Structured in twelve scenes, the tumultuous action begins in Hungry, shifts to Moscow, and concludes in England. Slide projections are shown on the large screen on the back wall of the stage stating the time and place of each scene. Also projected are drawings by Gerald Scarfe that represent the work of the leading character.
The play follows the odyssey of a young man who becomes a nomad, moving around the world in search of artistic and personal freedom growing more and more disillusioned.
The opening scene takes place on a W.W. I battlefield in the Carpathian Mountains where we meet Bela. He is a 20-year-old idealistic cartoonist. His best friend Grigor is also an artist and they are both serving in the Hungarian army. They get caught up in a Joseph Heller and Kurt Vonnegut-style absurdist clash with their country’s military and later on Russian troops. It’s not as funny as intended chiefly due to the problematic casting.
Alex Draper plays the leading role of Bela as he also did in a 2007 production of the play for the same company. Mr. Draper is a technically accomplished actor but lacks the magnetism and physical countenance necessary to command attention during such a sweeping theatrical journey. There is also the conceit that when in Hungry he speaks in an American voice but when in foreign countries he speaks with a Hungarian accent. A nod to realism certainly but it’s a distracting element of the characterization.
The company of capable actors of diverse experience and talent includes David Barlow, Christopher Marshall, Jonathan Tindle, Christo Grabowski, Valerie Leonard, Stephanie Janssen, Nicholas Hemerling, Alexander Burnett, Steven Medina, Shannon Gibbs, Gabrielle Owens and Ashley Michelle. All of them play multiple roles and some many, with varying results.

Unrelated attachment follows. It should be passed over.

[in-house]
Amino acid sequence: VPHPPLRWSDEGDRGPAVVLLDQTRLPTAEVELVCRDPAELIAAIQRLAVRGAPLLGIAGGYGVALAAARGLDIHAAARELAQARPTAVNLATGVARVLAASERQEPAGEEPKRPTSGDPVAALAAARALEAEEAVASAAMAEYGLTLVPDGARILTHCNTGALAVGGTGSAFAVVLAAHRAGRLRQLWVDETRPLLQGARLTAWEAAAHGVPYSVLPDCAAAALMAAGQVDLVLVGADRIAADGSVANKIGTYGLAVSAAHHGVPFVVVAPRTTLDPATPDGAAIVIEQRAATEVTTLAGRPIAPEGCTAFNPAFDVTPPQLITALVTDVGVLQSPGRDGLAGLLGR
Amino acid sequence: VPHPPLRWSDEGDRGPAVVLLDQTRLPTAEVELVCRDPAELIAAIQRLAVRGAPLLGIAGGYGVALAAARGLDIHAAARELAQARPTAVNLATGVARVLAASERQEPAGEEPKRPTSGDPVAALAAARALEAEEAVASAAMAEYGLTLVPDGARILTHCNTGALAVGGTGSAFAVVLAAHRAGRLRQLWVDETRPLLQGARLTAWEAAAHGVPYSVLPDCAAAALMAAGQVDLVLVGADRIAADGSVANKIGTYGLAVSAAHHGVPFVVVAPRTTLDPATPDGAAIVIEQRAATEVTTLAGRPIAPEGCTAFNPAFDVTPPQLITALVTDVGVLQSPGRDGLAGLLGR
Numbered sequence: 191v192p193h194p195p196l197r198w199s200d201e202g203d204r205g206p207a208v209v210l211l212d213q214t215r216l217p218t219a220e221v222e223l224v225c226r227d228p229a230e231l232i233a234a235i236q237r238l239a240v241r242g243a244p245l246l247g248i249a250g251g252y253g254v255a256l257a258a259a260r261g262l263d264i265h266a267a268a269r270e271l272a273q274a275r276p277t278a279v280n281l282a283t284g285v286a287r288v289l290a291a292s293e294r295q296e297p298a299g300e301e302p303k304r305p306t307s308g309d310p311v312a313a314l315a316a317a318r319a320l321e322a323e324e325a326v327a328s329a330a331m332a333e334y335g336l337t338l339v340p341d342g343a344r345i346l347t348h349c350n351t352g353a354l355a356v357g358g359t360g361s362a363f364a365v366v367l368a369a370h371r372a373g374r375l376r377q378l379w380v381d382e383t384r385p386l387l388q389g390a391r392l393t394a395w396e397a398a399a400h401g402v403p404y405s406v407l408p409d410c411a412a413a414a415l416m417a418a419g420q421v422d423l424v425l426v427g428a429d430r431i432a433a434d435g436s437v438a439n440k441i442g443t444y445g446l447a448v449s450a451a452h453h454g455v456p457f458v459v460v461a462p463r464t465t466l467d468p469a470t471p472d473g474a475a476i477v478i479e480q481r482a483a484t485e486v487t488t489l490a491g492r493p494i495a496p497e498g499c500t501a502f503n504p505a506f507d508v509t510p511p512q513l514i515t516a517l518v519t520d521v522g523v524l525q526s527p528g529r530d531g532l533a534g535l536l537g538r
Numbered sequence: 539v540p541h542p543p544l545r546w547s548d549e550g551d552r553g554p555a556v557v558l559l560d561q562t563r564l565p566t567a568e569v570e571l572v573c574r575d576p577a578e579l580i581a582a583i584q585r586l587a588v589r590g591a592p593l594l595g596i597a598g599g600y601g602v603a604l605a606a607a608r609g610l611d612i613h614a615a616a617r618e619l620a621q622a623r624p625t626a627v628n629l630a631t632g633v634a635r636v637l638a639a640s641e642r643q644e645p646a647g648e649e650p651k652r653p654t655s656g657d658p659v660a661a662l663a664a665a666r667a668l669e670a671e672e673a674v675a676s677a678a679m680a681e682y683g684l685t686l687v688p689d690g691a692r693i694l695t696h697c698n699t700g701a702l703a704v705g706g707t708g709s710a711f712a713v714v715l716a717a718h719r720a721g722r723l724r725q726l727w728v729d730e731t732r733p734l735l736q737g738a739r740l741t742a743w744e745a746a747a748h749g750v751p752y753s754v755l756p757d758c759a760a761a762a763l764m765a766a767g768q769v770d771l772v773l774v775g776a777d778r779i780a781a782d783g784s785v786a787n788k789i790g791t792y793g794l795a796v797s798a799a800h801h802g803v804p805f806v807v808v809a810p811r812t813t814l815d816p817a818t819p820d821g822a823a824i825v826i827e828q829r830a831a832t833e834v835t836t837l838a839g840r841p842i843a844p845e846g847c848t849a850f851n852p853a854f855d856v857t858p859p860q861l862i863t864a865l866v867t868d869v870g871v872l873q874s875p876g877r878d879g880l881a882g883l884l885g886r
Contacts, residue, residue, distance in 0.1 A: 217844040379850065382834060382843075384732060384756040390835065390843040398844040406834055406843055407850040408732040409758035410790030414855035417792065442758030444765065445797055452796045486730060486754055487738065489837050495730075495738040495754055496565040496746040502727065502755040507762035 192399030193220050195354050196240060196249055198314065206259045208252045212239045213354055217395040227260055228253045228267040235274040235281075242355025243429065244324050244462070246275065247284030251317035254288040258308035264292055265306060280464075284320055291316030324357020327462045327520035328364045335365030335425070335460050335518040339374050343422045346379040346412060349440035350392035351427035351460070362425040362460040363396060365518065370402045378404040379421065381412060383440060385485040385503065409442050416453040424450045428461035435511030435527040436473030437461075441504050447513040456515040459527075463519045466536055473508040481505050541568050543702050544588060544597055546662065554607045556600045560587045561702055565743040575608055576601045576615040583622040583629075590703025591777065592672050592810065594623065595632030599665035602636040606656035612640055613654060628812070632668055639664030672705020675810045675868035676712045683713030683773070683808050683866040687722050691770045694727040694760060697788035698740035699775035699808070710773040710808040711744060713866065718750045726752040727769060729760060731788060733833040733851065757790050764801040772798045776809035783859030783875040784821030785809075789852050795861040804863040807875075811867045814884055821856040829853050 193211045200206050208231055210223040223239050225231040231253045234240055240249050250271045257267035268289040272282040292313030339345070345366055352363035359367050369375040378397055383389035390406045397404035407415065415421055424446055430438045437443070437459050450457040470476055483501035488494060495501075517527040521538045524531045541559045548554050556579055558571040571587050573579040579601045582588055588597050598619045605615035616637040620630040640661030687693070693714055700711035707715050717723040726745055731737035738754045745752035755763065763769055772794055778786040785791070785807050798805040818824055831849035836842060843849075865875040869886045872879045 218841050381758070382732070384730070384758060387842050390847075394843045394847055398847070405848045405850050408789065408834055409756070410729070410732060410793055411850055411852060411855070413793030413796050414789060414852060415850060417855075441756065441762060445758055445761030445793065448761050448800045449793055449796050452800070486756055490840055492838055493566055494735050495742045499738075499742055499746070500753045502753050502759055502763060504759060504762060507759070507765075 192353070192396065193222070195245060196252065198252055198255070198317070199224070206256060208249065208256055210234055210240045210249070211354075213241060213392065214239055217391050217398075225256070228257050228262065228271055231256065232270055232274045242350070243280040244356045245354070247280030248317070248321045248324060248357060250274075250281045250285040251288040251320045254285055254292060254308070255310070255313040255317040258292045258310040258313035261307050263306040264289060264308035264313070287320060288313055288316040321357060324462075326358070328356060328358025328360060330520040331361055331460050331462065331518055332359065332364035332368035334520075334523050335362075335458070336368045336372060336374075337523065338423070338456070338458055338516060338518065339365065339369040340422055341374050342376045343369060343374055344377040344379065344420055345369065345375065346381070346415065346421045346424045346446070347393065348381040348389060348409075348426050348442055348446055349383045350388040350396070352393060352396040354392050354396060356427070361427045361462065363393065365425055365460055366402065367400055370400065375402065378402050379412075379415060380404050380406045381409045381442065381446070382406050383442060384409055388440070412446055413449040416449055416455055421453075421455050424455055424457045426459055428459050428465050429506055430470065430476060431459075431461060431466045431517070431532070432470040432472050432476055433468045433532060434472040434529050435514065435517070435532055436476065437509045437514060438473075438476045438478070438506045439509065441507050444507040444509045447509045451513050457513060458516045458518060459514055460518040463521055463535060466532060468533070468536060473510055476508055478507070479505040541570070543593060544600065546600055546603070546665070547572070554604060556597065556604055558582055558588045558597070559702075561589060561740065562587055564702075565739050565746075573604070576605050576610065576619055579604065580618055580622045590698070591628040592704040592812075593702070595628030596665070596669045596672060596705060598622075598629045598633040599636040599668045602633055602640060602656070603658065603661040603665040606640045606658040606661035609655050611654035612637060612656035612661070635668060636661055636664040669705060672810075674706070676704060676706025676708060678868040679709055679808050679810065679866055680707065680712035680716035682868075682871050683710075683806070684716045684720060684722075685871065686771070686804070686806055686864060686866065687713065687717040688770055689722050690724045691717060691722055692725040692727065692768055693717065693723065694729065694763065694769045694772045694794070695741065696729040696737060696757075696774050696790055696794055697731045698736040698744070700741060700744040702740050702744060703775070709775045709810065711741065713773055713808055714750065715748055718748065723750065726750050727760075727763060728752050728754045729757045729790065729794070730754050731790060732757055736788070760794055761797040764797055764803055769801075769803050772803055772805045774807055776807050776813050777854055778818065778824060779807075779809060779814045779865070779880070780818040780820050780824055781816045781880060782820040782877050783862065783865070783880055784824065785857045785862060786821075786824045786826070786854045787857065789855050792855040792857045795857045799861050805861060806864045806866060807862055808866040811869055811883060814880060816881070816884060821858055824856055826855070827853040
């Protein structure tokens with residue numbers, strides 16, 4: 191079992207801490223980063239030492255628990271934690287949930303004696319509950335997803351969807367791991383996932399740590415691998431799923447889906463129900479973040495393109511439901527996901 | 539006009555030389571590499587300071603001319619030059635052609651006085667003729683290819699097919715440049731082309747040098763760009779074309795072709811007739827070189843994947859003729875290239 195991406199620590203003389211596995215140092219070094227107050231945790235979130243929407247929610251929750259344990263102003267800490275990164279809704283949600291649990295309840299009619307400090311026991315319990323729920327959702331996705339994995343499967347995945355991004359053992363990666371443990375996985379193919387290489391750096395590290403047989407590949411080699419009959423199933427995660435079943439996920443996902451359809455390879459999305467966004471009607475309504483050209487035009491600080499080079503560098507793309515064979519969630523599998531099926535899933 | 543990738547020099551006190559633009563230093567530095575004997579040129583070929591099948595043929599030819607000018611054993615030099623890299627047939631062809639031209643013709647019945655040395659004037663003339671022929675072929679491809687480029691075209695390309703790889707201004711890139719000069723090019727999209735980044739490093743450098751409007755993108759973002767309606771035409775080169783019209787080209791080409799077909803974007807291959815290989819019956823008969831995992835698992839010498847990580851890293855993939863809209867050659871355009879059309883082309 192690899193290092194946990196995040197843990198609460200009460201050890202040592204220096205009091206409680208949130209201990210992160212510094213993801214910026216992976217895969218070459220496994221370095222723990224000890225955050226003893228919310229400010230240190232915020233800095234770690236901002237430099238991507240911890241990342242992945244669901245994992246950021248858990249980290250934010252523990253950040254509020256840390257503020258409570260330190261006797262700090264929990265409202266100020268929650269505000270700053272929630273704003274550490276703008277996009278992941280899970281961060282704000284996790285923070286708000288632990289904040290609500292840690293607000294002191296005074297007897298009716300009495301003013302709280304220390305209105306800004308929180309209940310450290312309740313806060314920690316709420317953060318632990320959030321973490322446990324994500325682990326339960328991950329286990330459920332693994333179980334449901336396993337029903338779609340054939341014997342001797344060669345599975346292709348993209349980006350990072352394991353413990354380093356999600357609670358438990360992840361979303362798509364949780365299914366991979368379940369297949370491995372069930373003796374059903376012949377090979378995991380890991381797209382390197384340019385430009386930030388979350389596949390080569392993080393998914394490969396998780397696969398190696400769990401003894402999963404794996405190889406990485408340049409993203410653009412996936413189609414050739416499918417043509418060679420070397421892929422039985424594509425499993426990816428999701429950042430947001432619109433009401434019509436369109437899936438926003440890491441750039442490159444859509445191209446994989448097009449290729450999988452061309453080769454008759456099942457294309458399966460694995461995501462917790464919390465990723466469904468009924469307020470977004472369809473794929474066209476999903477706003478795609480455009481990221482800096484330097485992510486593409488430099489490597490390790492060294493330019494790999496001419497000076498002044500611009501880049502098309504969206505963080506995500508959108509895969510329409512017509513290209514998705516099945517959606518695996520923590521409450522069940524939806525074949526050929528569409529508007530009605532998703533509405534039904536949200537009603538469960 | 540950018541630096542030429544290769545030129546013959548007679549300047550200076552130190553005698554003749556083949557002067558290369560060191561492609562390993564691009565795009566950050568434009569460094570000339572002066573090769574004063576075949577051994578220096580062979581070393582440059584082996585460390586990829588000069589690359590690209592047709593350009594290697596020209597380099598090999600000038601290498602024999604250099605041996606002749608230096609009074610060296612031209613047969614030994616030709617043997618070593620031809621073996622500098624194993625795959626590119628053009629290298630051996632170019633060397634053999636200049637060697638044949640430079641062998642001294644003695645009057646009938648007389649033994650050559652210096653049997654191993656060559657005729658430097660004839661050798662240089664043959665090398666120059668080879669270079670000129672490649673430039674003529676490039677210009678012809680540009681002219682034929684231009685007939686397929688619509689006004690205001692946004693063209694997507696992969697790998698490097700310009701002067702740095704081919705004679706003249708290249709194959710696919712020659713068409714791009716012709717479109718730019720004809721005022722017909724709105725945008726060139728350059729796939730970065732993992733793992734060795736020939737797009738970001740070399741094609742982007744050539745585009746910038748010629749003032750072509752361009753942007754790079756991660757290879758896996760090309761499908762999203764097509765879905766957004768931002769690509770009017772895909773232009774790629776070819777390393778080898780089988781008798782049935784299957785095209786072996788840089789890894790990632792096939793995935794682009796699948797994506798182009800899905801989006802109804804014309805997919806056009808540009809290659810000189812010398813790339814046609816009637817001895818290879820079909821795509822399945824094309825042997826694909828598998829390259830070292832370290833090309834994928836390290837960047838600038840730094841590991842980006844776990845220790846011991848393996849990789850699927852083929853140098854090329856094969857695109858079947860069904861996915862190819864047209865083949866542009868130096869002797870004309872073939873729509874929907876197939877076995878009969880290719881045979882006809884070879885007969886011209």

Director Richard Romagnoli who also staged the 2007 production and he has done an excellent job of visualizing the scope of the scenes. Action on the battlefield, political conflicts in Moscow and German atrocities in the Ukraine are all exciting. A life drawing class sequence at a Budapest art school is quite compelling. A longhaired female model makes sardonic observations from atop a ladder as the students in long white coats swirl around her. It recalls the stunning achievements of Derek Jarman and Peter Greenaway in their art house films.
Mr. Romagnoli’s work with the actors is resourceful and stalwart considering the limitations of the ensemble. The very well staged final sequence where characters are reunited in old age isn’t as poignant as it could be due to the only adequate performances.
Great credit goes to costume designer Danielle Nieves for her multitude of accurate and stylish creations. Military uniforms and coats, austere Russian garb, and 1970’s style garments all richly convey the different time periods and numerous characters.
Mark Evancho’s spare set design inventively uses minimal furnishings to successfully convey the various locales and eras. The lighting design of Hallie Zieselman and Seth Clayton’s sound design both give temporal, geographic and atmospheric dimensions with their skillful effects.
No End of Blame: Scenes of Overcoming was written by the British playwright Howard Barker (b.1946) and first performed in 1981. Mr. Barker is a prolific author who has not as of yet achieved widespread popularity in the United States. This play is an ambitious attempt in the vein of Tom Stoppard and David Hare of combining politics, history and the personal.
If it were viewed at a conservatory and judged on that basis, this production would be fine. The potential power of the play though would be better realized in a more strongly performed incarnation.
To celebrate its 30th anniversary PTP/NYC (Potomac Theatre Project) is performing No End of Blame: Scenes of Overcoming in repertory with a revival of C.P. Taylor’s Good.
No End of Blame: Scenes of Overcoming (performed in repertory with Good through August 7, 2016)
PTP/NYC (Potomac Theatre Project)
Atlantic Stage 2, 330 West 16th Street, in Manhattan
For tickets, call 866-811-4111 or visit http://www.ptpnyc.org
Running time: two hours and 20 including one intermission